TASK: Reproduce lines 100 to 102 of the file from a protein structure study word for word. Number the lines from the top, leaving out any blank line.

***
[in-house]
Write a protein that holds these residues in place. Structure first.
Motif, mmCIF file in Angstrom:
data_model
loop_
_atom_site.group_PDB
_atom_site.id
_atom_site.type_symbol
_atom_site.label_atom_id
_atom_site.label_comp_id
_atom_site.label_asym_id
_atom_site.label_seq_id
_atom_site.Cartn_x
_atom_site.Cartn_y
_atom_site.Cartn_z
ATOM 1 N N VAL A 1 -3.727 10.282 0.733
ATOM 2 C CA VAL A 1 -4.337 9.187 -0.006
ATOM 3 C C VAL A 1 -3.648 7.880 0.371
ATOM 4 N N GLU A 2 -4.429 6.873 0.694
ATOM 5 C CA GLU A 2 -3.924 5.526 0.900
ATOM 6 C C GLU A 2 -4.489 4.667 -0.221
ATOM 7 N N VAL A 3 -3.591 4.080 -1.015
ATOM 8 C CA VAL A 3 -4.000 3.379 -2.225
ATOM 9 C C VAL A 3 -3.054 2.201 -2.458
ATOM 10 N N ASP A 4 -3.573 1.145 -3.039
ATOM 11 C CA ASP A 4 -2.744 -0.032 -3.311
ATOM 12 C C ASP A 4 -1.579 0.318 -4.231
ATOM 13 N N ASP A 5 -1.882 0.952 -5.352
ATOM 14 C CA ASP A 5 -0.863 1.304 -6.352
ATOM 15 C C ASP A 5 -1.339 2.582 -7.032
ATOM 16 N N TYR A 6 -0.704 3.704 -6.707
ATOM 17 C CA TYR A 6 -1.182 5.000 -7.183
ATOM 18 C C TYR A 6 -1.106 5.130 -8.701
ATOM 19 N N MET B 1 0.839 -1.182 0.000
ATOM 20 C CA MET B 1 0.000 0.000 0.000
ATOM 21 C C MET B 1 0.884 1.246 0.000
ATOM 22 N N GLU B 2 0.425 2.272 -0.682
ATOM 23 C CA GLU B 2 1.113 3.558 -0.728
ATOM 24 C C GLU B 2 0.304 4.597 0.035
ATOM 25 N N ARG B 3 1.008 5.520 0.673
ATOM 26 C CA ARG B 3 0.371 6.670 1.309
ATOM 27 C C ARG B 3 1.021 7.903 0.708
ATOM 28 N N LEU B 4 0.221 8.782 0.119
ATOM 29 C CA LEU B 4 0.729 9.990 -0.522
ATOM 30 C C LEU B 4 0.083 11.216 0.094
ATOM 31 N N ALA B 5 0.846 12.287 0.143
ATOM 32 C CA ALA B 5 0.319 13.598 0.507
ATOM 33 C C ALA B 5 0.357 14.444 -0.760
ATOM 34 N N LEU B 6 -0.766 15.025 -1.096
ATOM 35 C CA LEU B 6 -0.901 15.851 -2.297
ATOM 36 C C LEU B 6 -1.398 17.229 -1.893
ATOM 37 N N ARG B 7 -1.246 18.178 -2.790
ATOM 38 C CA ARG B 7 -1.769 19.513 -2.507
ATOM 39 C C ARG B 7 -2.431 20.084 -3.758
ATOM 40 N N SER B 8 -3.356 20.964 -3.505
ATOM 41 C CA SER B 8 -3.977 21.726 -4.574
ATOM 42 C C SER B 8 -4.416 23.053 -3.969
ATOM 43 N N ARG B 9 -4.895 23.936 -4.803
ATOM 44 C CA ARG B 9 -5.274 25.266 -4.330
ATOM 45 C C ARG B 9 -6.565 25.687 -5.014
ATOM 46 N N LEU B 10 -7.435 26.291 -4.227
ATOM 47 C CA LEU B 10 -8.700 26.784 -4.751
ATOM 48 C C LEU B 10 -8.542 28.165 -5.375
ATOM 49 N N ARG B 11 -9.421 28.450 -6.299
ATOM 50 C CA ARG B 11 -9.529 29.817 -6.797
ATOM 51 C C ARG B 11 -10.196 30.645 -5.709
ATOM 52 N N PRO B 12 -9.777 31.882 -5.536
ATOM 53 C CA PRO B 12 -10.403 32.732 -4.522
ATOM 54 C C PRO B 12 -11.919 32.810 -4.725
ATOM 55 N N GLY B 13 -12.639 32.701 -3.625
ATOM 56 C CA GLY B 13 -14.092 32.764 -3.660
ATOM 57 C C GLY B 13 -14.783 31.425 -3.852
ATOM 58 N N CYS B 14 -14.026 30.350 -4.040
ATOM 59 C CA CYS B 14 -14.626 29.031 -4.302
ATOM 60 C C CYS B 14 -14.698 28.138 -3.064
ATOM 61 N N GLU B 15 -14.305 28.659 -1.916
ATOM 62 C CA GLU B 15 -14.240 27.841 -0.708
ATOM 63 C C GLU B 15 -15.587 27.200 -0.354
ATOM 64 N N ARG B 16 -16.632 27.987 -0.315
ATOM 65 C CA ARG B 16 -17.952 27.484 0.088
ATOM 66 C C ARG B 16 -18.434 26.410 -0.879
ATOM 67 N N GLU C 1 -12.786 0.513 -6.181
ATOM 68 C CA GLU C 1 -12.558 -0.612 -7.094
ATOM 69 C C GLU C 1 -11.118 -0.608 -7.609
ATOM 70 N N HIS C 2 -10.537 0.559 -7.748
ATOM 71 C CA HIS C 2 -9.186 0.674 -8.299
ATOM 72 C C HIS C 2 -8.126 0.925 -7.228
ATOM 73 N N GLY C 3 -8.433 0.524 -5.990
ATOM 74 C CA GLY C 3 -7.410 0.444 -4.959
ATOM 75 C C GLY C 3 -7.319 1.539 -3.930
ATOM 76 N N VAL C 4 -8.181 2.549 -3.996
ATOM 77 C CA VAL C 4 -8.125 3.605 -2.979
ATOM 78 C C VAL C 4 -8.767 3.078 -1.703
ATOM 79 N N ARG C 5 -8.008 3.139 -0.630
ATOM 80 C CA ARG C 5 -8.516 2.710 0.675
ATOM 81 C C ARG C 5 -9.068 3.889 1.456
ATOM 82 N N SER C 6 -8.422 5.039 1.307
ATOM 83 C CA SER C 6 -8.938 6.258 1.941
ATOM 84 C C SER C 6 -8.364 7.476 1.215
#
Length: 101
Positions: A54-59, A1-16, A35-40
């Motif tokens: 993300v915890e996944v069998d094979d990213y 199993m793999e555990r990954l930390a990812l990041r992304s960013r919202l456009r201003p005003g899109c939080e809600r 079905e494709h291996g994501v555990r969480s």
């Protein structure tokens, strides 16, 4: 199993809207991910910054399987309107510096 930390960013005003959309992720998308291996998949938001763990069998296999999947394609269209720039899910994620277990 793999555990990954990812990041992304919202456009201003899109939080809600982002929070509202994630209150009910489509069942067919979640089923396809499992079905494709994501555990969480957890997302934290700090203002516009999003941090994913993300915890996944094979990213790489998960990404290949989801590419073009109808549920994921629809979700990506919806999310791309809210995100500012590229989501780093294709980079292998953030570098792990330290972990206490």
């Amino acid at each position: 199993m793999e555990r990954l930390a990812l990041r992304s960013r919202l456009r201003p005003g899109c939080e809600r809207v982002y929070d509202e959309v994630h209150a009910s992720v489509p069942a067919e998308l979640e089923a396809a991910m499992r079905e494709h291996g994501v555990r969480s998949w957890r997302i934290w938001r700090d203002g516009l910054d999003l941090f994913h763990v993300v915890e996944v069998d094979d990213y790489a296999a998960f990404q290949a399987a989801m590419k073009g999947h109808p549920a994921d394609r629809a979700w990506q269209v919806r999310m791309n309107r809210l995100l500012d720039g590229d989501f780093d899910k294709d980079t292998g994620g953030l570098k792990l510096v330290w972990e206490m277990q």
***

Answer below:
#
Length: 101
Positions: A54-59, A1-16, A35-40